You said it beautifully, and I’ll tag onto that, that we call all emotions feelings for a reason, but we don’t think about this. Emotion, madness, sadness, happiness, and ecstasy are the cognitive concepts and constructs that we have language to describe. But what are we describing? We’re describing the sensations. Everybody can probably recall being on a date with somebody they are enchanted by. Just enchanted. What happens to us physiologically? We get warmer, and our pupils dilate. All kinds of things happen physiologically, and we like that. That’s pleasant. But I did have a clue when we feel worried about, oh, like you said, the people you’ve worked with and spoken with said. Something didn’t seem right. And so, I will often say, I’ll ask people I’m working with, once I have this relationship with them, you can’t start like this because it’s too woo-woo. But I’ll say to a CEO, what was the clue physiologically? And they’ll say I was gritting my teeth, or I felt like I wasn’t making a grip with my hands, but I wanted to. And I tell them not to leave the physiological cue as an irrelevant experience.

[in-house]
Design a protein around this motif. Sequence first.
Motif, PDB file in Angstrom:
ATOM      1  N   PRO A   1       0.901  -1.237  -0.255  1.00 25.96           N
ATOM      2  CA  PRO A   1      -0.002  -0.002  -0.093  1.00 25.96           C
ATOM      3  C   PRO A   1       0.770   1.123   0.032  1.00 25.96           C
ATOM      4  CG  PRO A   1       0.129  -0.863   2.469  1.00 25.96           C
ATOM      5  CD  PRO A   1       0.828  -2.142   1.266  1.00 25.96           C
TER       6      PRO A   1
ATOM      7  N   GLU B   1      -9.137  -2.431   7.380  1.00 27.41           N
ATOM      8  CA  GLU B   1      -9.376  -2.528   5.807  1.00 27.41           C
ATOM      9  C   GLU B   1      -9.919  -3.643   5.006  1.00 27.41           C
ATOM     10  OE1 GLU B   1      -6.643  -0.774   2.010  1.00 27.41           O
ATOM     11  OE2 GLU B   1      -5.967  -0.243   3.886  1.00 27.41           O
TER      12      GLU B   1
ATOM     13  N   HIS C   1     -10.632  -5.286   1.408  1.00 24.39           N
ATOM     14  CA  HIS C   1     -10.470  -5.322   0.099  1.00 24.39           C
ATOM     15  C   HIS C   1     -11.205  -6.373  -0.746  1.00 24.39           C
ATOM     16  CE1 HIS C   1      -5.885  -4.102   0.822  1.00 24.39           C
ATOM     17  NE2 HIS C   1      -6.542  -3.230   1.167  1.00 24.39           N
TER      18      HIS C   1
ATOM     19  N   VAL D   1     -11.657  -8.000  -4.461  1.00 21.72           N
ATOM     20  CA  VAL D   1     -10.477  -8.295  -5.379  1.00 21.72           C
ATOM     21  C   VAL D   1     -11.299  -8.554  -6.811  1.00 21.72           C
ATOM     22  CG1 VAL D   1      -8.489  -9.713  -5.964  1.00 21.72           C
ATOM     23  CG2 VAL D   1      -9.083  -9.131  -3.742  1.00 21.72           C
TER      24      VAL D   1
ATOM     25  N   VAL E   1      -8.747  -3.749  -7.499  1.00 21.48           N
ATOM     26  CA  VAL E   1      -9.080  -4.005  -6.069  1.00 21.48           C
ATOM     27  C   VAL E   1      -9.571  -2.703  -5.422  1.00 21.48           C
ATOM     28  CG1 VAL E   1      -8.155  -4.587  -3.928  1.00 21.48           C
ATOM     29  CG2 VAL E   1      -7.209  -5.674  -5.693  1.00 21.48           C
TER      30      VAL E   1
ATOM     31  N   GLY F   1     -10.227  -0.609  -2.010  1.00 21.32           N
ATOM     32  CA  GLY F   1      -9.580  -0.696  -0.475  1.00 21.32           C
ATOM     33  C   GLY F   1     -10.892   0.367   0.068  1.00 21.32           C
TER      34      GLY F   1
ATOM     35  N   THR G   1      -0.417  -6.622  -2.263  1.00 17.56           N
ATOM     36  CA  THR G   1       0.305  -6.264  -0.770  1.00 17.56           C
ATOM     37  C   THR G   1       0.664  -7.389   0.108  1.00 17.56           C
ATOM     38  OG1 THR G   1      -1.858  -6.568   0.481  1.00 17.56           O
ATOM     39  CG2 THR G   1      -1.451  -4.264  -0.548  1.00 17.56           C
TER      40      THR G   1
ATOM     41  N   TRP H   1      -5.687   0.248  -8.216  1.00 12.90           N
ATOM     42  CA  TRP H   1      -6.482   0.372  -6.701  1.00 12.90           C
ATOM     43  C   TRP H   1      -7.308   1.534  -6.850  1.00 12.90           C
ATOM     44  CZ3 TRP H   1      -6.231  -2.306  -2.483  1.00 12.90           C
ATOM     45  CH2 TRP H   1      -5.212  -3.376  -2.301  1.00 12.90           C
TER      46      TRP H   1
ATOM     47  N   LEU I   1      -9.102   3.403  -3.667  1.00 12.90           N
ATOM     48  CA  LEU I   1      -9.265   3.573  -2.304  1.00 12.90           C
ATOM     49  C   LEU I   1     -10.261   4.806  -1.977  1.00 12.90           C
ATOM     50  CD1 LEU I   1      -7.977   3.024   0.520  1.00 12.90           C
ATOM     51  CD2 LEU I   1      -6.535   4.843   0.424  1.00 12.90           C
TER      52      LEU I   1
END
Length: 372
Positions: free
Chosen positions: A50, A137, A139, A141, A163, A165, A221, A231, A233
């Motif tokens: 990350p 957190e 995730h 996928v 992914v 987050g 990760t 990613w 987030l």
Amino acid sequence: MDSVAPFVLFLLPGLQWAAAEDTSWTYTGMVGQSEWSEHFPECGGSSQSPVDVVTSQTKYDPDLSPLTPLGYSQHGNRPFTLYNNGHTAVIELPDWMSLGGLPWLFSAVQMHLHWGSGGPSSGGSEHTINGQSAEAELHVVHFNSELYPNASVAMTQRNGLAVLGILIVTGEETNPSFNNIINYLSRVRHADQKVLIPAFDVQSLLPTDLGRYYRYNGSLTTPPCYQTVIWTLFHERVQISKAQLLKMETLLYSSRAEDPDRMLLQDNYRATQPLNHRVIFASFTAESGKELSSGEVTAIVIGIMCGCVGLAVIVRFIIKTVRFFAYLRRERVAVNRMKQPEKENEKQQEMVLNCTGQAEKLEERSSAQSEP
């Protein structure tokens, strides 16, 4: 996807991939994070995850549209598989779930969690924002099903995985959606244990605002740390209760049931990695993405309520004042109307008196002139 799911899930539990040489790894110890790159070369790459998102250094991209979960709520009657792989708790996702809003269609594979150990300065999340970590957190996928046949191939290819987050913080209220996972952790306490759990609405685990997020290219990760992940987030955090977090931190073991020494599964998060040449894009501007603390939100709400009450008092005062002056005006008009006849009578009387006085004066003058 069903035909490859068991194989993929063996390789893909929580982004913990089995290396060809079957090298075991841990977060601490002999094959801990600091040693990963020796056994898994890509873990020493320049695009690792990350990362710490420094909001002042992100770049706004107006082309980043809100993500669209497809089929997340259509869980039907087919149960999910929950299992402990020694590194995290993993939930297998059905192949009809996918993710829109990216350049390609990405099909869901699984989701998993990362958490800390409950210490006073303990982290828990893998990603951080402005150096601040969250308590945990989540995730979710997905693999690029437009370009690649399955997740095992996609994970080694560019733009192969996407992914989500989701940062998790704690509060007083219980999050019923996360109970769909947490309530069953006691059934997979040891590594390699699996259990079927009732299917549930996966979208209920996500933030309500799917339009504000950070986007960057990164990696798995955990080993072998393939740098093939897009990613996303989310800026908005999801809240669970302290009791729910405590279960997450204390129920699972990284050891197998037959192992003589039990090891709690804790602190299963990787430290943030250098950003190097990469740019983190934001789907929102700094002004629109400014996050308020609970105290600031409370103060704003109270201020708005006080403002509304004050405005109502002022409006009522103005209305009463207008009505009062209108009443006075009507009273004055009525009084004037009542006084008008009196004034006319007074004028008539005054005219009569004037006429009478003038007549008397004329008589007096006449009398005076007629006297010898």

Use it as a clue. The cues are clues. And you just said it really, really well a minute ago. And I think your listeners can… I hope they can all relate to that. And we use it for positive, too. Sure. Falling in love is not a cognitive process. Now, you may be falling in love, and at the same time, you have your checklist. I did.

Do you have a checklist?

On my first few dates with my now husband of many years, I was like, okay, he’s smart. He’s funny. He has good long-term friendships. To try not to make a decision based solely on the fact that he has piercing eyes. That was also true. But I tried to insert a little bit of stuff that didn’t feel quite so out of control. We can do both. We can have the fun and the elation of a project that goes well, or you can celebrate great safety outcomes. By the way, The Boeing Max Plan, the transportation people in the US have decided that it’s okay for those planes to fly again.

The MAX 9, yeah.

As long as they inspect them. Do you understand that? What’s your point of view on that?